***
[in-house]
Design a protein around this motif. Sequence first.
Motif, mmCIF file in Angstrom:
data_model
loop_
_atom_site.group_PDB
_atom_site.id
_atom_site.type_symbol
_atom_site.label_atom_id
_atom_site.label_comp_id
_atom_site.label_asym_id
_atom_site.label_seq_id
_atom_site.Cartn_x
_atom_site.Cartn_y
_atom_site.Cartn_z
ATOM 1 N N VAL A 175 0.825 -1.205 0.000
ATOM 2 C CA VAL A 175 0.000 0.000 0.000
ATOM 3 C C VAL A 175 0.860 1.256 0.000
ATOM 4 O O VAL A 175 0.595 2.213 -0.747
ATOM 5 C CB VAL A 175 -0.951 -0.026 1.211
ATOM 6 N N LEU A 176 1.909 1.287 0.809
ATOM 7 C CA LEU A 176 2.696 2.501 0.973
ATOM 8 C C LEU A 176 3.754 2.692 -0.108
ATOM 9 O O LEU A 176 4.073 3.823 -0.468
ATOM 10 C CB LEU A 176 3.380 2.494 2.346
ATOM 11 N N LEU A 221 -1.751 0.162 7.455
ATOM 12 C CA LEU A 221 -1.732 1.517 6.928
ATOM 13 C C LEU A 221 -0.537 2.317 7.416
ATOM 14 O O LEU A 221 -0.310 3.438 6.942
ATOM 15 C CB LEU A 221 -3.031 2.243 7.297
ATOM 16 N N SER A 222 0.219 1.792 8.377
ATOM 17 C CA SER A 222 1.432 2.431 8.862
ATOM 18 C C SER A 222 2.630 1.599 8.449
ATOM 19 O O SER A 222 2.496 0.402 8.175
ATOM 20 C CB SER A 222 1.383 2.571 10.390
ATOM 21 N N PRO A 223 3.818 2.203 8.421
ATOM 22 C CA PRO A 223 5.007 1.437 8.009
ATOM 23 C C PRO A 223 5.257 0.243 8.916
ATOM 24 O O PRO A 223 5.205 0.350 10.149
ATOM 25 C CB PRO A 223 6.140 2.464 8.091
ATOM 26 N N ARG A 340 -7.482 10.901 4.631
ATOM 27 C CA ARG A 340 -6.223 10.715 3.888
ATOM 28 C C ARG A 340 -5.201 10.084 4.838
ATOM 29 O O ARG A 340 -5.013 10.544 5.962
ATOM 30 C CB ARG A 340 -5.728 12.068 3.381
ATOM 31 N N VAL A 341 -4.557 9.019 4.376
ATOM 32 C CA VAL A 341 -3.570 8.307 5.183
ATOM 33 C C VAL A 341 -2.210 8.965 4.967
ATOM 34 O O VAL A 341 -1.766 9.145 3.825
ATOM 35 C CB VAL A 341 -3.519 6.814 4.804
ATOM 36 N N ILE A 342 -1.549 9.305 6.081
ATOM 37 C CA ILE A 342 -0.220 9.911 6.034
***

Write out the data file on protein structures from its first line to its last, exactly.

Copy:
[in-house]
Design a protein around this motif. Sequence first.
Motif, mmCIF file in Angstrom:
data_model
loop_
_atom_site.group_PDB
_atom_site.id
_atom_site.type_symbol
_atom_site.label_atom_id
_atom_site.label_comp_id
_atom_site.label_asym_id
_atom_site.label_seq_id
_atom_site.Cartn_x
_atom_site.Cartn_y
_atom_site.Cartn_z
ATOM 1 N N VAL A 175 0.825 -1.205 0.000
ATOM 2 C CA VAL A 175 0.000 0.000 0.000
ATOM 3 C C VAL A 175 0.860 1.256 0.000
ATOM 4 O O VAL A 175 0.595 2.213 -0.747
ATOM 5 C CB VAL A 175 -0.951 -0.026 1.211
ATOM 6 N N LEU A 176 1.909 1.287 0.809
ATOM 7 C CA LEU A 176 2.696 2.501 0.973
ATOM 8 C C LEU A 176 3.754 2.692 -0.108
ATOM 9 O O LEU A 176 4.073 3.823 -0.468
ATOM 10 C CB LEU A 176 3.380 2.494 2.346
ATOM 11 N N LEU A 221 -1.751 0.162 7.455
ATOM 12 C CA LEU A 221 -1.732 1.517 6.928
ATOM 13 C C LEU A 221 -0.537 2.317 7.416
ATOM 14 O O LEU A 221 -0.310 3.438 6.942
ATOM 15 C CB LEU A 221 -3.031 2.243 7.297
ATOM 16 N N SER A 222 0.219 1.792 8.377
ATOM 17 C CA SER A 222 1.432 2.431 8.862
ATOM 18 C C SER A 222 2.630 1.599 8.449
ATOM 19 O O SER A 222 2.496 0.402 8.175
ATOM 20 C CB SER A 222 1.383 2.571 10.390
ATOM 21 N N PRO A 223 3.818 2.203 8.421
ATOM 22 C CA PRO A 223 5.007 1.437 8.009
ATOM 23 C C PRO A 223 5.257 0.243 8.916
ATOM 24 O O PRO A 223 5.205 0.350 10.149
ATOM 25 C CB PRO A 223 6.140 2.464 8.091
ATOM 26 N N ARG A 340 -7.482 10.901 4.631
ATOM 27 C CA ARG A 340 -6.223 10.715 3.888
ATOM 28 C C ARG A 340 -5.201 10.084 4.838
ATOM 29 O O ARG A 340 -5.013 10.544 5.962
ATOM 30 C CB ARG A 340 -5.728 12.068 3.381
ATOM 31 N N VAL A 341 -4.557 9.019 4.376
ATOM 32 C CA VAL A 341 -3.570 8.307 5.183
ATOM 33 C C VAL A 341 -2.210 8.965 4.967
ATOM 34 O O VAL A 341 -1.766 9.145 3.825
ATOM 35 C CB VAL A 341 -3.519 6.814 4.804
ATOM 36 N N ILE A 342 -1.549 9.305 6.081
ATOM 37 C CA ILE A 342 -0.220 9.911 6.034